If you or someone you love has cataracts, you might understand the frustrations of living with the symptoms that come along with having them. The good news is that cataract surgery is one of the most commonly performed and safest procedures in medicine.
Texas Vision is one of the leading providers of cataract surgery in Central Texas. Our highly trained, vastly experienced surgeons perform thousands of cataract surgeries a year. Utilizing only the most advanced technology and striving to make the procedure as convenient and safe as possible, we are determined to provide only the best care for each and every patient.
A cataract develops when the ordinarily transparent natural lens of the eye becomes cloudy. This occurs when proteins in the lens begin to break down and start clumping together.
Because it takes a long time for cataracts to develop fully, you may not realize you have a cataract at first.
Vision, in general, starts to blur, but it is especially noticeable when driving or watching TV from a normal distance.
Because a cataract allows less light through the lens, it may become more bothersome in low light conditions, especially when trying to drive at night.
Many people find it difficult to drive towards the sun. They also find it harder to see golf balls against a bright sky, even though vision may seem acceptable under other circumstances.
Colors and tone may begin to fade and appear more yellow as the cataract worsens.
Because the cataract is clouding the way light enters the eye, some may experience double but incomplete images.
If you find out that you need cataract surgery, it’s always helpful to know what to expect before you have it. Cataract surgery is a minimally invasive procedure with a low risk of complications.
It’s the most commonly performed medical procedure! Your surgeon will remove your natural lens during the procedure and then replace it with an artificial lens, known as an intraocular lens (IOL).
The intraocular lens allows you to see clearly after cataract surgery, and there are many kinds of IOLs available, depending on your visual needs, lifestyle, and goals after cataract surgery.
The right choice of IOL for you is based on what you are looking to get out of the procedure and the recommendations of your ophthalmologist.
At Texas Vision, we offer our patients the following intraocular lenses (IOL) in three main categories:
Our basic option is a monofocal lens, which is a clear lens that contains a single focus. It’s set to focus on either seeing up close, seeing things in between, or looking at something further away.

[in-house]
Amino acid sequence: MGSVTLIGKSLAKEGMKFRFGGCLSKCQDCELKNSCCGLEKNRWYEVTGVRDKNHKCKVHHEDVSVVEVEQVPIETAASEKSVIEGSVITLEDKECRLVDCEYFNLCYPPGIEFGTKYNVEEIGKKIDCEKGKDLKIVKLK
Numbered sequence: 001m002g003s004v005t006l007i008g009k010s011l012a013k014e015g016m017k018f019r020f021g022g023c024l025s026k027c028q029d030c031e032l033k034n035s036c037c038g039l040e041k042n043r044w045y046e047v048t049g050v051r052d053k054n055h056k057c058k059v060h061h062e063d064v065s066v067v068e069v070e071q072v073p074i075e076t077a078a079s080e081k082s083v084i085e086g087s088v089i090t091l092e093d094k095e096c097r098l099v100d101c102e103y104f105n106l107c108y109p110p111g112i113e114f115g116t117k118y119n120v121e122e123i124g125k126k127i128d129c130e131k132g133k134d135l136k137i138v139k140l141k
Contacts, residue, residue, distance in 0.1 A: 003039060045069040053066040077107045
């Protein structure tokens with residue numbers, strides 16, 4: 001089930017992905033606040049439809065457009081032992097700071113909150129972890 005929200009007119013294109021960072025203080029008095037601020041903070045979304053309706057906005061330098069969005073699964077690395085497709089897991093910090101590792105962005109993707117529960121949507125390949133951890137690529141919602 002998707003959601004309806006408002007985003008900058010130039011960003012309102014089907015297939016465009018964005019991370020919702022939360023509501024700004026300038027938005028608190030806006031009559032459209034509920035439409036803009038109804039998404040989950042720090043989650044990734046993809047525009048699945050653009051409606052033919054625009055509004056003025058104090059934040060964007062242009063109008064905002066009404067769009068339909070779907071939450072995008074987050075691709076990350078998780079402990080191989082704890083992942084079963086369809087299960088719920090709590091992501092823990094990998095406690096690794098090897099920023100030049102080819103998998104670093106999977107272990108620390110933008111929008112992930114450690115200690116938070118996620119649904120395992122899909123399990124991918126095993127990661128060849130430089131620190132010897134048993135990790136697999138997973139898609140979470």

People that choose the basic lens are aware that they will likely need bifocals or glasses for both seeing well at a distance and near and are fine with the need for glasses or contacts.
Astigmatism is a refractive error that occurs when the cornea is an irregular shape. Instead of being more like a basketball, the cornea is closer in shape to a football. The difference in the shape of the cornea results in blurry or distorted vision.
For patients that want to correct astigmatism while removing their cataracts, there are toric lenses. These lenses will help to correct distance vision but you may tend to need glasses for your near activities, including using your computer, cell phone, or reading a book.
Our Full Focus lenses can correct distance vision but have a larger range of vision built into them so we can provide better intermediate to near vision. This category is for people that would like more independence from glasses for both distance and near vision. There are two types of lenses within this category – Multifocal Lenses and Extended Range of Focus Lenses.
For patients looking to see at both a distance and up-close simultaneously, a premium option like a multifocal lens does this and more. A multifocal lens has the largest range of vision than any of the lenses. The range of vision includes distance vision all the way into your casual reading range of vision.
The lens includes rings, like rings of a tree, for your eye to focus through to see both near and far. There is no head tilt or positional needs, like bifocals, to see through these rings, but due to these rings, patients may notice some halos around lights at night. Because of the large range of vision that this lens provides, most people no longer need glasses going forward.
Another great option to correct a larger range of vision is the Extended Range of Focus Lens. This lens offers distance to more intermediate or mid-range vision range, which includes computer or cell phone use.
The benefits of this lens is that it can increase the range of vision you can see things without glasses and without the halos at night that can come with Multifocal lenses. You may still need some over-the-counter glasses for closer activities like reading smaller print or threading a needle.
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